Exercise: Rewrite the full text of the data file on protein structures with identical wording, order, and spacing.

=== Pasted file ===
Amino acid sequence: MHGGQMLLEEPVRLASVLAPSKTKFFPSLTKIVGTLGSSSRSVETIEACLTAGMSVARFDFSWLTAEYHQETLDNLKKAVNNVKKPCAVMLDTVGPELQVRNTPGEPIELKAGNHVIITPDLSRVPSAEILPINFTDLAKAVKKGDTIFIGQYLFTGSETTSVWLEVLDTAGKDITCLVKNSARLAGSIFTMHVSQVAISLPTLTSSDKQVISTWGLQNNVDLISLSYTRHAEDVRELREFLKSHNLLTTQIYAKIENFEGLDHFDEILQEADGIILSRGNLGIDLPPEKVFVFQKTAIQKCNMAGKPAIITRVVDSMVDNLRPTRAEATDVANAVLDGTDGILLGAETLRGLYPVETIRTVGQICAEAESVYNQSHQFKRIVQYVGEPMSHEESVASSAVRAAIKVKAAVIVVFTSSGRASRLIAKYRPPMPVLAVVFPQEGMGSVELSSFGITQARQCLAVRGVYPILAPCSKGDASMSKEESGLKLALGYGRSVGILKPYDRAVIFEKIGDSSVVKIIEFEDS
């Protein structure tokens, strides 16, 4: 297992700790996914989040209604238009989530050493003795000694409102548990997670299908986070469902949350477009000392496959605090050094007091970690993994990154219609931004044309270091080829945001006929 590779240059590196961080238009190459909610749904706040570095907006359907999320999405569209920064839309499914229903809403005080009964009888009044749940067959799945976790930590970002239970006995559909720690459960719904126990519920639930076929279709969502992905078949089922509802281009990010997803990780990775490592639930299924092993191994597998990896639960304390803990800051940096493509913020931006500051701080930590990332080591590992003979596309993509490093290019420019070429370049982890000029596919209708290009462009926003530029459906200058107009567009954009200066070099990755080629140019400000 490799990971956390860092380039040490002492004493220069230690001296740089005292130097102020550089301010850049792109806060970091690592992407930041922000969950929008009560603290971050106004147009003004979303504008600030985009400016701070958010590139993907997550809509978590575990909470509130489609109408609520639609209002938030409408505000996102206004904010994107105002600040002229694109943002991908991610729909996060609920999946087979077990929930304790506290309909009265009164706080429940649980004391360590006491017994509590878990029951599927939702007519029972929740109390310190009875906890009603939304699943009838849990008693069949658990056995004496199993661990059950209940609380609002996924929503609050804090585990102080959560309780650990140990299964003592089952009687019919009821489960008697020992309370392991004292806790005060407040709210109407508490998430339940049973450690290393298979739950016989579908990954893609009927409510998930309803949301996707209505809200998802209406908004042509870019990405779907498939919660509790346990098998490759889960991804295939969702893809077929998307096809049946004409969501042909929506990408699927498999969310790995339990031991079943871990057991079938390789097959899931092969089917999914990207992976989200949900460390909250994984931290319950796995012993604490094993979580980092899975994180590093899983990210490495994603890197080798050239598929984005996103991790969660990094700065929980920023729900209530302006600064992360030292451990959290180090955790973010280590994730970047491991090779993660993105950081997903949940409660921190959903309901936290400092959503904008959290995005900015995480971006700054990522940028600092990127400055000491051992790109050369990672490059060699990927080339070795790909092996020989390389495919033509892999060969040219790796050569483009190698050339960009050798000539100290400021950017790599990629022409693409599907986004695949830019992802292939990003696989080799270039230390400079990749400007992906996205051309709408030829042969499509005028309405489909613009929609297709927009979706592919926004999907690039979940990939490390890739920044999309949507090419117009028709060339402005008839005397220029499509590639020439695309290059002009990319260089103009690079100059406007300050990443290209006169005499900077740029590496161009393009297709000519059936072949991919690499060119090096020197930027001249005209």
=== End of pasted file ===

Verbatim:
Amino acid sequence: MHGGQMLLEEPVRLASVLAPSKTKFFPSLTKIVGTLGSSSRSVETIEACLTAGMSVARFDFSWLTAEYHQETLDNLKKAVNNVKKPCAVMLDTVGPELQVRNTPGEPIELKAGNHVIITPDLSRVPSAEILPINFTDLAKAVKKGDTIFIGQYLFTGSETTSVWLEVLDTAGKDITCLVKNSARLAGSIFTMHVSQVAISLPTLTSSDKQVISTWGLQNNVDLISLSYTRHAEDVRELREFLKSHNLLTTQIYAKIENFEGLDHFDEILQEADGIILSRGNLGIDLPPEKVFVFQKTAIQKCNMAGKPAIITRVVDSMVDNLRPTRAEATDVANAVLDGTDGILLGAETLRGLYPVETIRTVGQICAEAESVYNQSHQFKRIVQYVGEPMSHEESVASSAVRAAIKVKAAVIVVFTSSGRASRLIAKYRPPMPVLAVVFPQEGMGSVELSSFGITQARQCLAVRGVYPILAPCSKGDASMSKEESGLKLALGYGRSVGILKPYDRAVIFEKIGDSSVVKIIEFEDS
């Protein structure tokens, strides 16, 4: 297992700790996914989040209604238009989530050493003795000694409102548990997670299908986070469902949350477009000392496959605090050094007091970690993994990154219609931004044309270091080829945001006929 590779240059590196961080238009190459909610749904706040570095907006359907999320999405569209920064839309499914229903809403005080009964009888009044749940067959799945976790930590970002239970006995559909720690459960719904126990519920639930076929279709969502992905078949089922509802281009990010997803990780990775490592639930299924092993191994597998990896639960304390803990800051940096493509913020931006500051701080930590990332080591590992003979596309993509490093290019420019070429370049982890000029596919209708290009462009926003530029459906200058107009567009954009200066070099990755080629140019400000 490799990971956390860092380039040490002492004493220069230690001296740089005292130097102020550089301010850049792109806060970091690592992407930041922000969950929008009560603290971050106004147009003004979303504008600030985009400016701070958010590139993907997550809509978590575990909470509130489609109408609520639609209002938030409408505000996102206004904010994107105002600040002229694109943002991908991610729909996060609920999946087979077990929930304790506290309909009265009164706080429940649980004391360590006491017994509590878990029951599927939702007519029972929740109390310190009875906890009603939304699943009838849990008693069949658990056995004496199993661990059950209940609380609002996924929503609050804090585990102080959560309780650990140990299964003592089952009687019919009821489960008697020992309370392991004292806790005060407040709210109407508490998430339940049973450690290393298979739950016989579908990954893609009927409510998930309803949301996707209505809200998802209406908004042509870019990405779907498939919660509790346990098998490759889960991804295939969702893809077929998307096809049946004409969501042909929506990408699927498999969310790995339990031991079943871990057991079938390789097959899931092969089917999914990207992976989200949900460390909250994984931290319950796995012993604490094993979580980092899975994180590093899983990210490495994603890197080798050239598929984005996103991790969660990094700065929980920023729900209530302006600064992360030292451990959290180090955790973010280590994730970047491991090779993660993105950081997903949940409660921190959903309901936290400092959503904008959290995005900015995480971006700054990522940028600092990127400055000491051992790109050369990672490059060699990927080339070795790909092996020989390389495919033509892999060969040219790796050569483009190698050339960009050798000539100290400021950017790599990629022409693409599907986004695949830019992802292939990003696989080799270039230390400079990749400007992906996205051309709408030829042969499509005028309405489909613009929609297709927009979706592919926004999907690039979940990939490390890739920044999309949507090419117009028709060339402005008839005397220029499509590639020439695309290059002009990319260089103009690079100059406007300050990443290209006169005499900077740029590496161009393009297709000519059936072949991919690499060119090096020197930027001249005209």